#ask How should we improve Motoko?

@jzxchiang, actually, imperative data structures are compatible with stable variables. What isn’t are object-oriented abstractions, because of the functions embedded in the data. But that is an independent dimension, as objects can be either imperative or functional.

To wit, here is a toy example of a counter object that, although functional, cannot be put in a stable var:

class Counter(x : Nat) {
  public func get() : Nat { x };
  public func inc() : Counter { Counter(x + 1) };
};

stable var c : Counter = Counter(0);   // ERROR

On the other hand, here is an imperative counter type that you can store in a stable var just fine:

type Counter = {var count : Nat};
func Counter(x : Nat) : Counter { {var count = x} };
func get(c : Counter) : Nat { c.count };
func inc(c : Counter) { c.count := c.count + 1 };

stable var c : Counter = Counter(0);  // ok

Of course, that doesn’t eliminate the dilemma, but it is rather between choosing object-oriented and “procedural” interfaces.

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Right, but once you loosen it like that, the intent is no longer visible in the code. It might or might not be an accident.

In my experience (e.g. in OCaml), the strict rule is good documentation and uncovers many mistakes early on. The occasional ignore in cases like replace is a fair deal in exchange. But like option types, it’s one of these features that you have to learn to “hold right”. When you are working against it (perhaps out of habit) you can end up with repetitive strain injury.

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I don’t want to be deciphering the documentation.

What I need :slight_smile:

What I get :frowning:

Also, Add a “New developper start here” button with Dr Angela Yu uDemy Web3 video featuring ICP and Motoko. Would have save me a ton of hours searching for basic info as a newbie.

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We 100% should have a https://embed.smartcontracts.org/ example for each of the functions in base.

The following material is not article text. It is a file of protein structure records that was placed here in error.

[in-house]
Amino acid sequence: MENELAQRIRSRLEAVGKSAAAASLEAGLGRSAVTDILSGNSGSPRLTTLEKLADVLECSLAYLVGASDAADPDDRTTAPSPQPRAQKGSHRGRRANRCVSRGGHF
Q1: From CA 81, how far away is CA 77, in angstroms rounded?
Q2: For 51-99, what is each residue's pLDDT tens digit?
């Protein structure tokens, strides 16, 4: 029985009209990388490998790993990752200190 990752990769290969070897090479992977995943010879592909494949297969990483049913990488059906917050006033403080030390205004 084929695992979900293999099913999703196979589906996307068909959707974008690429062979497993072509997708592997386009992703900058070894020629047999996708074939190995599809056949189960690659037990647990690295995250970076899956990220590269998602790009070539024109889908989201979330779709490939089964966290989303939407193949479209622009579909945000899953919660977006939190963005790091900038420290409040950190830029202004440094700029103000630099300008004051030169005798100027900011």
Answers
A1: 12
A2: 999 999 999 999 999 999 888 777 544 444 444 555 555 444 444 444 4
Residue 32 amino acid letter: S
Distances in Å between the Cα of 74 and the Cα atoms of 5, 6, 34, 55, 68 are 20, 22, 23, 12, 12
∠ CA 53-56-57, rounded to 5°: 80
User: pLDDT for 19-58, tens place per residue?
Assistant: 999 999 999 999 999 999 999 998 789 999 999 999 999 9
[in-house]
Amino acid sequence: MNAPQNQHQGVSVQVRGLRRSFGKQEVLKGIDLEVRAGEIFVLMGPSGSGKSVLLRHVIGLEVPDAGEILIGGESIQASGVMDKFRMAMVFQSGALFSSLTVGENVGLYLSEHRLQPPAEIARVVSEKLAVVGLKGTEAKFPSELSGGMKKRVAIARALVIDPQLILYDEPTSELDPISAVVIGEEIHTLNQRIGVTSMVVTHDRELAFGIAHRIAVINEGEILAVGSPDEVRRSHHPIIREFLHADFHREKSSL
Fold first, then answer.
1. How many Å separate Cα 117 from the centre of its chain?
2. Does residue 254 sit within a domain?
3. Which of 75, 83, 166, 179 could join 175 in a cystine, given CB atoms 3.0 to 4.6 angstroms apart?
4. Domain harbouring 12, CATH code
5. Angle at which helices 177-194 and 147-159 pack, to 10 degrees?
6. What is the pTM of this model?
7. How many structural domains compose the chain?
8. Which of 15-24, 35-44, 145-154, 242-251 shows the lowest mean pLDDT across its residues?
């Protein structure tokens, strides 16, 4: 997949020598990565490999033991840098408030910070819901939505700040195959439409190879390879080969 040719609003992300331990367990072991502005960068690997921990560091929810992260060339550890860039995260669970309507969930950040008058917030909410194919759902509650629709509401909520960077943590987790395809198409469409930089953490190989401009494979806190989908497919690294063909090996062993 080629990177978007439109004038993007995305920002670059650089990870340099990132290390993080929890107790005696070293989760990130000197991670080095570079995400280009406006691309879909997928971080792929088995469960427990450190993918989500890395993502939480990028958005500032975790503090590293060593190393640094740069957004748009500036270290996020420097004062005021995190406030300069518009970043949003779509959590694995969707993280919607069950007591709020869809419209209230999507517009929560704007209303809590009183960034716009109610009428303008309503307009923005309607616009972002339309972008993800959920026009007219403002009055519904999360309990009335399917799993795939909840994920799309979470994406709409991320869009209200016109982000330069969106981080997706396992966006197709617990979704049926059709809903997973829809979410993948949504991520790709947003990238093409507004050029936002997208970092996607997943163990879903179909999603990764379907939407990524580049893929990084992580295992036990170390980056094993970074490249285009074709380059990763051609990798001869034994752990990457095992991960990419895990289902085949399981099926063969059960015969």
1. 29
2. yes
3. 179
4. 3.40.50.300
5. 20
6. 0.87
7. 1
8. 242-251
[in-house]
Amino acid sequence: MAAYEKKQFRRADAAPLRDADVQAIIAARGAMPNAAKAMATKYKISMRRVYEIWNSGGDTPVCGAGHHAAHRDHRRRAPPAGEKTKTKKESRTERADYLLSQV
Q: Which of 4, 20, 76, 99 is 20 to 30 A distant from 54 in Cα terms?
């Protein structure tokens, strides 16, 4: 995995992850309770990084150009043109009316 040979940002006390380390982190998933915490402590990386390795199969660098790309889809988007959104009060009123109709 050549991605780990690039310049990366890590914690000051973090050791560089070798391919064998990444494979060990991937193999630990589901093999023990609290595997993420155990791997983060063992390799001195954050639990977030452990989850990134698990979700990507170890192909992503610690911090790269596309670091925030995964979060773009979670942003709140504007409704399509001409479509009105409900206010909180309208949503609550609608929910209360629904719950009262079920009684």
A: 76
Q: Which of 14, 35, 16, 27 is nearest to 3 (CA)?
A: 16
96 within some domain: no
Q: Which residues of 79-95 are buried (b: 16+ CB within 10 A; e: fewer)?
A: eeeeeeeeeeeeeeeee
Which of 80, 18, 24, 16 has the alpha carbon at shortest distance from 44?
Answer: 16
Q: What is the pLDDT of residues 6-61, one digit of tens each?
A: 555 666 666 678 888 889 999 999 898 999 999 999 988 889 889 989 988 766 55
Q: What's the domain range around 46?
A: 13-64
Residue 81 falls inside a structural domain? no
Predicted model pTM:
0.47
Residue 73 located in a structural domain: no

4 Likes

That’s a really good idea…

I’ll build an MVP to show the team, and we’ll see what happens from there.

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It’d be cool if we could omit optional record fields.

Screen Shot 2022-11-07 at 9.47.56 PM

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That’s ends up creating a totally different type and reworking the meaning of an optional type into something more JavaScripty though, right?

You can always narrow

  type OptionalArgsABC = { a : ?Text; b : ?Text; c : ?Text };
  let optionals : OptionalArgsABC = { a = ?"maybe"; b = ?"is"; c = null };

  type OptionalArgsAB = { a : ?Text; b : ?Text };
  let { a; b }: OptionalArgsAB = optionals;

@tomijaga What’s the common use case you have in mind?

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@icme Lets say we have a method that accepts parameters as the first argument

public shared func myMethod(params: {
  paramA: ?Nat;
  paramB: ?Nat;
  paramC: ?Nat;
  paramD: ?Nat;
  paramE: ?Nat;
})

All of the parameters are optional. I want to call this method, but I only need to pass paramA

myMethod({ paramA = ?1; paramB = null; paramC = null; paramD = null; paramE = null });

Not very convenient as I still need to specify all of the parameters even if I don’t need them. With the latest features, though, I can do this